Repair Flaking paint/coating on bottom of pool


New member
Dec 12, 2007
Wilton Manors, FL
I have an inground pool in south Florida, 15' x 30', 12,000 gal. There is an area on the bottom, about 1 foot in diameter where some coating is peeling up. If I pick off a piece, it appears to be a fiberglass layer, under which I see what looks like concrete. The remainder of the pool is in very good condition.

Is there a way to repair this small piece of missing coating on the bottom? I'm afraid to drain the pool, fearing the pool will float. We are near the ocean, and the water table seems to be about 2 feet down.

Recommendations, from do-it-yourself to hiring a repair contractor would be appreciated.


Mod Squad
TFP Expert
Platinum Supporter
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In The Industry
Apr 1, 2007
Sebring, Florida
Hi, Greg. WElcome to the forum. Do you know if your pool is fibreglas or concrete? Actually, either way, I think you're gonna need a professional opinion....someone who can visit the pool and suggest a fix.

You can try a few pics but the usually aren't very definitive underwater.

Let us know aqbout the concrete/fibreglas and try a pic. Someone here may be able to help.



LifeTime Supporter
Jan 26, 2008
Forney, TX
I wouldn't try fixing it yourself, have a pool builder come out and take a look at it. The pool can be drained temporarily for repairs. If it is a fiberglass pool, they can reglass the damaged area. I haven't heard of fiberglass being laid over concrete though, so if you really are seeing concrete you may have a gunite pool with delaminating plaster. That too can be repaired, but it may continue to happen in other areas of the pool. You shouldn't have any trouble with the pool raising out unless it's left dry for an extended period. Typically when they're doing repairs they just drain it long enough to make the repairs, then fill it again (1 or 2 days at the most). Good luck!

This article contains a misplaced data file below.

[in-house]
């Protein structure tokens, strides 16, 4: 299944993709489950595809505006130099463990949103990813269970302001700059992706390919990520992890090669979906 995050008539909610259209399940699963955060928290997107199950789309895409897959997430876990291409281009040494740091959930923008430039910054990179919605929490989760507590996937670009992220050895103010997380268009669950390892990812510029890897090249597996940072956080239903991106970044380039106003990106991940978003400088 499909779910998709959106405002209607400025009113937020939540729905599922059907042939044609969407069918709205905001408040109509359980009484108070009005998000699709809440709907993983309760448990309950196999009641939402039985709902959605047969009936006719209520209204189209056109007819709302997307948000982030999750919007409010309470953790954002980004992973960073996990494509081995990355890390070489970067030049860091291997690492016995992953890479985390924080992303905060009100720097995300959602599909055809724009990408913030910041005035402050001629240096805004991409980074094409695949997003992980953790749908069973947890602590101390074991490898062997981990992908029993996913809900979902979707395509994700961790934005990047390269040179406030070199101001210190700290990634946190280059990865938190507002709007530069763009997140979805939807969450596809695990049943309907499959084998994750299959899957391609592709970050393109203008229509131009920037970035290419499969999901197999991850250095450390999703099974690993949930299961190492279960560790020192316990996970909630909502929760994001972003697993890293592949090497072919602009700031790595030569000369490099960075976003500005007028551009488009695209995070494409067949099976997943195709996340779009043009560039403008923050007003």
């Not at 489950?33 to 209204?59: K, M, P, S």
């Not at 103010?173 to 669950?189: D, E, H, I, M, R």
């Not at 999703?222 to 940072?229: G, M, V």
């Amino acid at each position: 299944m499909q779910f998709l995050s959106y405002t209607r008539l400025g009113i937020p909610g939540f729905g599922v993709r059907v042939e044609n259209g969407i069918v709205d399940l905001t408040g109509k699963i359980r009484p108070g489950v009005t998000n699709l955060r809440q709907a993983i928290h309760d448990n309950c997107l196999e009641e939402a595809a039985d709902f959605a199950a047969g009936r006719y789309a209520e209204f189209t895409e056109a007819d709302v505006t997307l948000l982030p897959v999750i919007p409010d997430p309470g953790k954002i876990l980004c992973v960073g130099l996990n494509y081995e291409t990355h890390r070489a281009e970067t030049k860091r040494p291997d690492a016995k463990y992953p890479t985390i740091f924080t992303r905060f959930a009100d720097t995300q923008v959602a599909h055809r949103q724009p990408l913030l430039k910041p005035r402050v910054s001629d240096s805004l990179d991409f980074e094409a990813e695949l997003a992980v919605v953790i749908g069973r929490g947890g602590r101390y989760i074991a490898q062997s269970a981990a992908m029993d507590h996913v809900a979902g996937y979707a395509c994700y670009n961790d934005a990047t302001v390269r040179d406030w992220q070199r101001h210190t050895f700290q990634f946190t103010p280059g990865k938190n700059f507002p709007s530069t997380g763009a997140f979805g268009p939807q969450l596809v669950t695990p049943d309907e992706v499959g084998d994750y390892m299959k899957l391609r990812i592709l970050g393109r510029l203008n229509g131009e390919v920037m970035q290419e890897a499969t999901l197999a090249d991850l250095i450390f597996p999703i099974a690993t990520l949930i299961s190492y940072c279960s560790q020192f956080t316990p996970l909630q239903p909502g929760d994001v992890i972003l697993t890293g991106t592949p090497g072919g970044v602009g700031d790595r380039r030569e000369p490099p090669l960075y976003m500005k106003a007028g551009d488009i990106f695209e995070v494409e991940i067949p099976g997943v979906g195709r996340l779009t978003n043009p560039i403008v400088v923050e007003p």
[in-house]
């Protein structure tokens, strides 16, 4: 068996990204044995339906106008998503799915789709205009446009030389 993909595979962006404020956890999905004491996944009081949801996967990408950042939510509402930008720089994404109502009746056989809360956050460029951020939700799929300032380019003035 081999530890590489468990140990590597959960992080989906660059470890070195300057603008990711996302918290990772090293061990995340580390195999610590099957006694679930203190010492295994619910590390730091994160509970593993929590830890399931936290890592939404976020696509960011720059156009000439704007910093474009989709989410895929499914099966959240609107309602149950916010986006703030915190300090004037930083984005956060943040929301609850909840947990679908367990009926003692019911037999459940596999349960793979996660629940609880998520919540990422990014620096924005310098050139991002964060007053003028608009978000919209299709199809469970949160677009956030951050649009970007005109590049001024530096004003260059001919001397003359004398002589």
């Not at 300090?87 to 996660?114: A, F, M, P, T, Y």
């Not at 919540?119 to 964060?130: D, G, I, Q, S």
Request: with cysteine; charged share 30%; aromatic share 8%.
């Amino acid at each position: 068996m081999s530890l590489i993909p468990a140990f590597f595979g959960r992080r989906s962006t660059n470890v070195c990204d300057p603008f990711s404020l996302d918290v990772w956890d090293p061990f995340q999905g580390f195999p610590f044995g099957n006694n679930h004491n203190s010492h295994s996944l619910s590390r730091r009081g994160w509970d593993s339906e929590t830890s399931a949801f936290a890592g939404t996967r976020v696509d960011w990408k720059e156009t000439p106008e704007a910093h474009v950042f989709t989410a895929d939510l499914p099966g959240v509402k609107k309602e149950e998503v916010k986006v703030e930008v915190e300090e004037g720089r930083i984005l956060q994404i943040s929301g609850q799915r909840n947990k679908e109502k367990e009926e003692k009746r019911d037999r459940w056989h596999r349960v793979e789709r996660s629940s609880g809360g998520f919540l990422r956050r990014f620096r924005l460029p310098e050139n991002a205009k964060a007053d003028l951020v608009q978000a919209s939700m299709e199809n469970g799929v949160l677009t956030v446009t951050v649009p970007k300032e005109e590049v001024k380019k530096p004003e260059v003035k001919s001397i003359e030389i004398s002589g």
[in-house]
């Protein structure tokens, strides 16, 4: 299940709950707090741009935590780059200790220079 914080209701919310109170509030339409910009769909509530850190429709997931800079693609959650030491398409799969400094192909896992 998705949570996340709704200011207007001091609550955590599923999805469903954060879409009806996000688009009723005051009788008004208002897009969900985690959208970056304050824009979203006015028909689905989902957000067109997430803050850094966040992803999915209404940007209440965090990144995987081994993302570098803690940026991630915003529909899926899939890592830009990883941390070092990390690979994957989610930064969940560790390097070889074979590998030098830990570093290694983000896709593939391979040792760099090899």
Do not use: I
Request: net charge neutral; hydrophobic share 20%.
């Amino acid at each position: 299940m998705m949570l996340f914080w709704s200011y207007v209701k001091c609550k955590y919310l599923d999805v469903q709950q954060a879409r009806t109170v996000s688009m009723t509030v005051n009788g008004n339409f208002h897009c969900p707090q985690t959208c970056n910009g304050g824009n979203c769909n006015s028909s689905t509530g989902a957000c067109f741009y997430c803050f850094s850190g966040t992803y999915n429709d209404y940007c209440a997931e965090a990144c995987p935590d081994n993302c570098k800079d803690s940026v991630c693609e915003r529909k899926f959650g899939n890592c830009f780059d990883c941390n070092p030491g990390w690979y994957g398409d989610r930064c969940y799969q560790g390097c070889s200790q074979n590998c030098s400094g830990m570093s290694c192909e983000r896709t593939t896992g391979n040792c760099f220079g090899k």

TFP Expert
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May 7, 2007
Silver Spring, MD
I disagree about draining. In areas with particularly high water tables draining the pool can cause immediate and very expensive damage. There is always a way to deal with it so the pool can be drained. Worst case, wells are dug around the pool and water pumped out to lower the water table. Many concrete/plaster pools in can survive draining because commonly the water table is reasonably low. However, unless you know that the water table is below the bottom of the pool, it is best to err on the side of caution.